# Charge Equality Between Different Size Pith Balls

• slickvic
In summary, when identical pith balls come in contact to make q1=q2, the charges would be equal if the balls were of different size. Putting the balls in contact forces their potential to be the same, and separating them would result in the smaller ball containing less charge. Connecting them with a wire would also equalize their potential, with the ratio of charges being equal to the ratio of the radii. This holds true for metal balls, and may also be applicable to disks or straight rods. However, further analysis is needed to determine the exact ratio for these shapes.

#### slickvic

Suppose you let identical pith balls come in contact to make q1=q2. Would the charges be equal if the pith balls were of different size?

You know, I vaguely remember doing this problem way back in freshman physics. Just a guess on my part, but I think that putting the balls in contact would make the charge density uniform. If my assumption is correct, then when you separate the balls, the smaller one would contain less charge.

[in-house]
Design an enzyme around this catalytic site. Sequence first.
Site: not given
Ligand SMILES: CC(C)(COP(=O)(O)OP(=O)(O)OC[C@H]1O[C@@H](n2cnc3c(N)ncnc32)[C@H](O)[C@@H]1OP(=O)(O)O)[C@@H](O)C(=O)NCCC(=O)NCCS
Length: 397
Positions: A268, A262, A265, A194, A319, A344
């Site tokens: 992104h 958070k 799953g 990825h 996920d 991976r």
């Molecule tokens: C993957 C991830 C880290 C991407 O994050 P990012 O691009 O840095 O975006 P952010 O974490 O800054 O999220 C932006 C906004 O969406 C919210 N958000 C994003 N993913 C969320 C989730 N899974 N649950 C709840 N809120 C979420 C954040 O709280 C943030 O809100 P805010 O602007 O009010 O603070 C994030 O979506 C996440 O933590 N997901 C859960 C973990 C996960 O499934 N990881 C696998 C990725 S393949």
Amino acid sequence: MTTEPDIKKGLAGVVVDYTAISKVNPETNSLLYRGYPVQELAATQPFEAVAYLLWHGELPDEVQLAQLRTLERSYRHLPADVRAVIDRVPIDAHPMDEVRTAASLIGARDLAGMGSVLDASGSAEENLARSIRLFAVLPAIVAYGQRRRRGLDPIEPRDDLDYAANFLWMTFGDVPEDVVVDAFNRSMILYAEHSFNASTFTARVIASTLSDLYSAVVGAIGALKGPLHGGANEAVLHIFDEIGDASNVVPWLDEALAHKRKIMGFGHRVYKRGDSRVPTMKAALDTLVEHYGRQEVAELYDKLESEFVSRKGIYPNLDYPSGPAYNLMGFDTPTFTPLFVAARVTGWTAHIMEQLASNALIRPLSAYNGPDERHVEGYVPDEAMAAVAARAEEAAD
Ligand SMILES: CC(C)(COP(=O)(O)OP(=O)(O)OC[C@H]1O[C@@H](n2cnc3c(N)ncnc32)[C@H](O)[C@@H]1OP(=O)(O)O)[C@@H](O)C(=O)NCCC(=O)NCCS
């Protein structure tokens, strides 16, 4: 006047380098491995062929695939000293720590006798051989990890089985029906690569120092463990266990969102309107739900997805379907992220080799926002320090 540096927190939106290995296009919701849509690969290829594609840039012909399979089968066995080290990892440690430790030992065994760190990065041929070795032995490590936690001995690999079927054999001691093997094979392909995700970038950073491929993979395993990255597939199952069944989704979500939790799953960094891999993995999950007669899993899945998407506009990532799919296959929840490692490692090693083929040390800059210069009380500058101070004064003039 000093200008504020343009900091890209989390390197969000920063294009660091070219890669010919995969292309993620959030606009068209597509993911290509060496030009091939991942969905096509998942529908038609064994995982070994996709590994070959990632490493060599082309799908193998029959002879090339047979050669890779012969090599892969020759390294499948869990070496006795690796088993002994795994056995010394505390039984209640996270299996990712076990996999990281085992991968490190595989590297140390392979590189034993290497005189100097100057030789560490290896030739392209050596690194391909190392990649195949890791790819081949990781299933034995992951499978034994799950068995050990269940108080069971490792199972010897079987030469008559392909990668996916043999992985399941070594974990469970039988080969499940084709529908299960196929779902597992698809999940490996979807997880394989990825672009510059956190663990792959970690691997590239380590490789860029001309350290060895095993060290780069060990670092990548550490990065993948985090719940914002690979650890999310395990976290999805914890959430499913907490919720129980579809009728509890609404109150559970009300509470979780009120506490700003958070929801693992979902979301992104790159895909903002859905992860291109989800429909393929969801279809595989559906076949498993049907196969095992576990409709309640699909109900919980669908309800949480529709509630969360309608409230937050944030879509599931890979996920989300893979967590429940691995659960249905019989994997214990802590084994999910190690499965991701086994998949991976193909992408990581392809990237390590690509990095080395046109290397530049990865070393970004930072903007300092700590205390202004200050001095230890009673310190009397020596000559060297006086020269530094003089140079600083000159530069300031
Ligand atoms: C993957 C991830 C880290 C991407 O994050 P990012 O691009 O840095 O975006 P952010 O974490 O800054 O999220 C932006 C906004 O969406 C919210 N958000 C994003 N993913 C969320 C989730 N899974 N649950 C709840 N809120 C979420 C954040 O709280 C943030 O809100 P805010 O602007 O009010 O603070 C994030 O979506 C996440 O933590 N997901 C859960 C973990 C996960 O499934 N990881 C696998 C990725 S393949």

I'm not real sure about pith, but I can answer for metal balls...

Putting the balls in contact forces their potential to be the same. The problem is easier if the balls are separated by a distance large compared to their size. Briefly connecting them with a wire would force the potential at each ball to be the same. In this case the ratio of charges would be equal to the ratio of the radii.

mdelisio said:
I'm not real sure about pith, but I can answer for metal balls...

Putting the balls in contact forces their potential to be the same. The problem is easier if the balls are separated by a distance large compared to their size. Briefly connecting them with a wire would force the potential at each ball to be the same. In this case the ratio of charges would be equal to the ratio of the radii.

Are you sure it wouldn't be equal to the ratio of the cube of their radii?

I'm asking because I'm also considering lesser dimensional problems. What if, instead of spheres, we were talking about disks, or straight rods? Well, maybe I should work the problem for myself and get back to you guys.